U.K.: A Year After Glasgow, Aviation Security Risks Persist

By Matthew Harwood

Two articles from two separate British news outlets outline the continued threat of aviation terrorism hovering over the United Kingdom.

According to the Guardian, Lord Stevens, a former Metropolitan police commissioner, will issue a report that warns that terrorists could use cargo planes to transport hazardous or explosive materials or detonate the aircraft during flight.

"The air cargo system is vulnerable to security threats including plots to place explosives aboard aircraft; illegal shipments of hazardous materials; criminal activities such as smuggling and theft; and potential hijackings and sabotage by persons with access to aircraft," says Stevens.

In a related story, a security consultant told the BBC that a year after the botched attack on Glasgow International Airport, security vulnerabilities persist at the country's airports. The article, however, did not reveal what those security vulnerabilities are.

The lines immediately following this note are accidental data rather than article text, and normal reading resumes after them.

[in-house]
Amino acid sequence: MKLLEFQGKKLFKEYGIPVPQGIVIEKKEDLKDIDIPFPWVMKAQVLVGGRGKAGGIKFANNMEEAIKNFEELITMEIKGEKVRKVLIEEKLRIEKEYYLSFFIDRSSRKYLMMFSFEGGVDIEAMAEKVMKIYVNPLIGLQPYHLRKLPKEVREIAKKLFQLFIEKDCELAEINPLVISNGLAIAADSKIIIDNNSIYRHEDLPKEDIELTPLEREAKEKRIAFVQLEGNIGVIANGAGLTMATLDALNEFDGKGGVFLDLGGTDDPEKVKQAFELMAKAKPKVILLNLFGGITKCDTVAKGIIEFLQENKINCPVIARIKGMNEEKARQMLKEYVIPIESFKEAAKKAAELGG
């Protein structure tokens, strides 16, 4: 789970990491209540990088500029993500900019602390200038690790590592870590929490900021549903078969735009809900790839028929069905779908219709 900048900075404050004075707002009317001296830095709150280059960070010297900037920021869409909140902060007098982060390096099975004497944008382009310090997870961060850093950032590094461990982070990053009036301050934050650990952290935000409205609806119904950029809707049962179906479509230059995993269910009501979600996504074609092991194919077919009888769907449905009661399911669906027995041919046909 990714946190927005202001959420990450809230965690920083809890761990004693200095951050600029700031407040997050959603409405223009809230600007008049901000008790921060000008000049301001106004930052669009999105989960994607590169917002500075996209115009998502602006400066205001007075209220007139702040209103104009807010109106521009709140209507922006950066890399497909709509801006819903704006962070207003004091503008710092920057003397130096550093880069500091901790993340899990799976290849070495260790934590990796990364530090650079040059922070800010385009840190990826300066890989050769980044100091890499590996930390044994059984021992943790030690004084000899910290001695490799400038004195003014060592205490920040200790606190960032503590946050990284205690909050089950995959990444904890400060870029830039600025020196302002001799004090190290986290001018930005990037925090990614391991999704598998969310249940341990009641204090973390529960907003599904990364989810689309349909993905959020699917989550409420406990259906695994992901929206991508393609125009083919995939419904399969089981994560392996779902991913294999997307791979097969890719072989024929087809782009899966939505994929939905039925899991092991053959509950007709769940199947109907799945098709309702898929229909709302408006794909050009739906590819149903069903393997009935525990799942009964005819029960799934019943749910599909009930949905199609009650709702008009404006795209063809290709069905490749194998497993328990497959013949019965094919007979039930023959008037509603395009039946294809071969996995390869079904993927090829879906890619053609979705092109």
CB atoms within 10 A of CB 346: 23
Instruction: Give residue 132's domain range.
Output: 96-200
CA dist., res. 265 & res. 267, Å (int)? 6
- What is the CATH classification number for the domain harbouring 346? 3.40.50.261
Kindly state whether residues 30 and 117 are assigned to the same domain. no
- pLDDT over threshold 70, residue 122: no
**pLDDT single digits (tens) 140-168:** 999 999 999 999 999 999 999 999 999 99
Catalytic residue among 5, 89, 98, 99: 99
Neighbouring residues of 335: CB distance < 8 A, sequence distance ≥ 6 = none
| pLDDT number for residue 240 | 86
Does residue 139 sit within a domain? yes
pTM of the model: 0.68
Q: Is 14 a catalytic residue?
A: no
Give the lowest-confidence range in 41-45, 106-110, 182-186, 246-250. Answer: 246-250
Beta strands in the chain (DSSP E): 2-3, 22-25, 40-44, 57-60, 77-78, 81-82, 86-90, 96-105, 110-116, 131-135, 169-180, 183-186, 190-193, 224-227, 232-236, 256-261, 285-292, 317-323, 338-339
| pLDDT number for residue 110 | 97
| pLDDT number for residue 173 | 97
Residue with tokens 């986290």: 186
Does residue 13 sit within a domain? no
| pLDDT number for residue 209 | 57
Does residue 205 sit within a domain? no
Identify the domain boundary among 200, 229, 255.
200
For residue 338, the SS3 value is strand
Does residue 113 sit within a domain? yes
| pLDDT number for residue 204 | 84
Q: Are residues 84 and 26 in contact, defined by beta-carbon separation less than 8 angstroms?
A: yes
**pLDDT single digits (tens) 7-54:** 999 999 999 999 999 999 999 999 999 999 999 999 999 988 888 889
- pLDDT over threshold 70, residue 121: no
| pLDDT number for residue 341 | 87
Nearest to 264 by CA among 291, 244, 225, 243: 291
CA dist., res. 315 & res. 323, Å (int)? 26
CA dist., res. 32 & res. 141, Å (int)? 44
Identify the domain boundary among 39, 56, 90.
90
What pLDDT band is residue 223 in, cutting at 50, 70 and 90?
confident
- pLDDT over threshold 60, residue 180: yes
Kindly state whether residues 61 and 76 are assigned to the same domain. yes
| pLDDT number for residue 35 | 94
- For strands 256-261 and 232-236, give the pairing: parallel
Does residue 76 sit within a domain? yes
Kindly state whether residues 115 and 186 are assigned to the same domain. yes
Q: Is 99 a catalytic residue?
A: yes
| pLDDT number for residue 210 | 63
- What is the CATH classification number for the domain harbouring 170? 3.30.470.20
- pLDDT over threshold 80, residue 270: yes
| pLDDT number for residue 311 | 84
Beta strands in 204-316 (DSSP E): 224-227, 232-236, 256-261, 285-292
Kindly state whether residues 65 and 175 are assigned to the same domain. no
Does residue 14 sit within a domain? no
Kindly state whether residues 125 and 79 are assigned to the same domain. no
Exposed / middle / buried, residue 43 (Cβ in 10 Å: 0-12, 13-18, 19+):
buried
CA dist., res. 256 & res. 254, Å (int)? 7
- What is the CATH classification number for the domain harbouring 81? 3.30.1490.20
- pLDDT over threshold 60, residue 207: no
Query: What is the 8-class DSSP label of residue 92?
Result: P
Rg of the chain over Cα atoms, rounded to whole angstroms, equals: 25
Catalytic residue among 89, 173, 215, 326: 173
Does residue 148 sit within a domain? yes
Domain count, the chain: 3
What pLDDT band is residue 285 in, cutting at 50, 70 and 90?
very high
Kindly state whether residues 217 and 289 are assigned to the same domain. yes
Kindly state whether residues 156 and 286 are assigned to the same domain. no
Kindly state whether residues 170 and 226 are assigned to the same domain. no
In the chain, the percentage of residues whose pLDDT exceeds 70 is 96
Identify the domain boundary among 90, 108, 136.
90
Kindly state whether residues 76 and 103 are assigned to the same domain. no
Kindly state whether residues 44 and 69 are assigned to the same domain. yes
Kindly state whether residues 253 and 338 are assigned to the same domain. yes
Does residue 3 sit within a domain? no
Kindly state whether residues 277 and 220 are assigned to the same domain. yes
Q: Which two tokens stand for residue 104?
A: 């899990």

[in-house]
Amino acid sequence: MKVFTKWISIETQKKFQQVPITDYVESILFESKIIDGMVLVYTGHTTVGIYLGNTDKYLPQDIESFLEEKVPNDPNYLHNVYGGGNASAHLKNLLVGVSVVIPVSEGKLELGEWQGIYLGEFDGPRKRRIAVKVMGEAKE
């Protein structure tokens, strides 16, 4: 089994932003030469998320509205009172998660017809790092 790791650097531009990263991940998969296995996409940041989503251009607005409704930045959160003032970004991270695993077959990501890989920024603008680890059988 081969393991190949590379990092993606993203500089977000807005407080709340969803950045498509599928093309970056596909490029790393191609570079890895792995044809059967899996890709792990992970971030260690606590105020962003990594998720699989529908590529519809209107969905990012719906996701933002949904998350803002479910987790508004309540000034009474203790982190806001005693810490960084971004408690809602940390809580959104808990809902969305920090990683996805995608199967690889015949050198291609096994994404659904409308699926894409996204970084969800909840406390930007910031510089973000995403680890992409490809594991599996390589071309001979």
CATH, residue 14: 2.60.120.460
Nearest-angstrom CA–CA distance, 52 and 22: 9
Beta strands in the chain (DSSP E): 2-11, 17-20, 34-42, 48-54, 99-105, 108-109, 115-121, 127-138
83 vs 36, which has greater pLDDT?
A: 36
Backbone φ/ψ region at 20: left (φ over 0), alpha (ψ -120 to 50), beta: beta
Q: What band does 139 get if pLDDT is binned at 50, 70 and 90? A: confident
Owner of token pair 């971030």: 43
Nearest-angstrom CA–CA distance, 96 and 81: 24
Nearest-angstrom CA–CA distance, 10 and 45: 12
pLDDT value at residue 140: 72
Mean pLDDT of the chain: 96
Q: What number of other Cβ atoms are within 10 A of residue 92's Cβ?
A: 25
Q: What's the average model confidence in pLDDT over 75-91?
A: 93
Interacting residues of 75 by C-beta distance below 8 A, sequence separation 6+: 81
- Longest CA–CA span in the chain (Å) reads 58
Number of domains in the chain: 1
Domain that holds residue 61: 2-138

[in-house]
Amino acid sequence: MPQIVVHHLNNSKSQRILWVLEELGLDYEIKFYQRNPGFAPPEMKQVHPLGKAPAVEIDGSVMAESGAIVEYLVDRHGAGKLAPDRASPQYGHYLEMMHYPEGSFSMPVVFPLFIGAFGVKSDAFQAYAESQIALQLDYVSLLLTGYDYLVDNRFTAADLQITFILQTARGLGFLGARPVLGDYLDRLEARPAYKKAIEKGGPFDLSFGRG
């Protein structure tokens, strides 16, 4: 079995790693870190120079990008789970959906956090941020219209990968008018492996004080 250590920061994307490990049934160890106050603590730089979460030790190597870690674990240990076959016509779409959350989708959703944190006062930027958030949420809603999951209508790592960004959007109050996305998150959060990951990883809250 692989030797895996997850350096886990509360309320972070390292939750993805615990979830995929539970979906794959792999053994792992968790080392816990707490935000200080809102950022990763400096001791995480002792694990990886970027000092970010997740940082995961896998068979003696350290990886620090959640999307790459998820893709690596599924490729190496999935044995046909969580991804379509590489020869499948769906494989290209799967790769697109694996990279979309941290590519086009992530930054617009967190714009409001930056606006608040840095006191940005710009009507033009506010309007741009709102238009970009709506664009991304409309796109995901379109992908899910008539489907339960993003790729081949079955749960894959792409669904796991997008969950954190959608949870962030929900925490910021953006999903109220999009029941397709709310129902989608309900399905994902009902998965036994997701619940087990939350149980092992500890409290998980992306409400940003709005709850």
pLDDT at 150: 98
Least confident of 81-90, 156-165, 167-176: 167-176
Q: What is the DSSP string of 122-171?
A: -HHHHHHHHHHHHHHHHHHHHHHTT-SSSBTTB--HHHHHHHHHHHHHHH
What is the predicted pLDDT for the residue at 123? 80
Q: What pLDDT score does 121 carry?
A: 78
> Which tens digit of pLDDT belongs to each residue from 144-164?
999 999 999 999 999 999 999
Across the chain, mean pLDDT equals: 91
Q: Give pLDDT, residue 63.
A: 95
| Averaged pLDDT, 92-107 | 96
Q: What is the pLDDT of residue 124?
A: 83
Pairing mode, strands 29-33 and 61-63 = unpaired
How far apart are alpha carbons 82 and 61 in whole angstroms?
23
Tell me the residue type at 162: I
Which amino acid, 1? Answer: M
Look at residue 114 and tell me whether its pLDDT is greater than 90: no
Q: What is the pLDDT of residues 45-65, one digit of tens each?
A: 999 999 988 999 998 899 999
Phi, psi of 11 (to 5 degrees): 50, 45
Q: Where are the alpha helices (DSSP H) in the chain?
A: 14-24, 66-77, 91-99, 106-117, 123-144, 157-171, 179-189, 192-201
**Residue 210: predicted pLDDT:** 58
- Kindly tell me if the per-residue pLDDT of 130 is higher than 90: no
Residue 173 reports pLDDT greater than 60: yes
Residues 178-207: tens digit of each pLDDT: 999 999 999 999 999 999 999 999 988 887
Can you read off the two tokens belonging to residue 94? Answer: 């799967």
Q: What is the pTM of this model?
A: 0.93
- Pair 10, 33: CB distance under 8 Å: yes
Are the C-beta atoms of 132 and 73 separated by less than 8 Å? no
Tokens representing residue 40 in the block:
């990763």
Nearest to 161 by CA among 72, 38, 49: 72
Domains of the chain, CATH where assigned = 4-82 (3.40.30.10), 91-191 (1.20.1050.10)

Since Bilal Abdullah, a 28-year old Iraqi doctor, and Kafeel Ahmed, a 27-year old Indian, drove an explosives-laden Jeep Cherokee into the main terminal of Glasgow International Airport, security measures have been tightened.

Chris Yates, the security consultant interviewed by the BBC, said the no drop-off policy in front of the airport's main terminal was "common sense" and should have been in place long before the attack last year. The main terminal building has also been retrofitted with bomb-proof glass.

Despite these security upgrades, Yates said the United Kingdom has not done enough to deter aviation terrorism.

"We have a long way to go before airports here in the UK are secure enough to prevent the prospect of another terrorist attack," he told the BBC.


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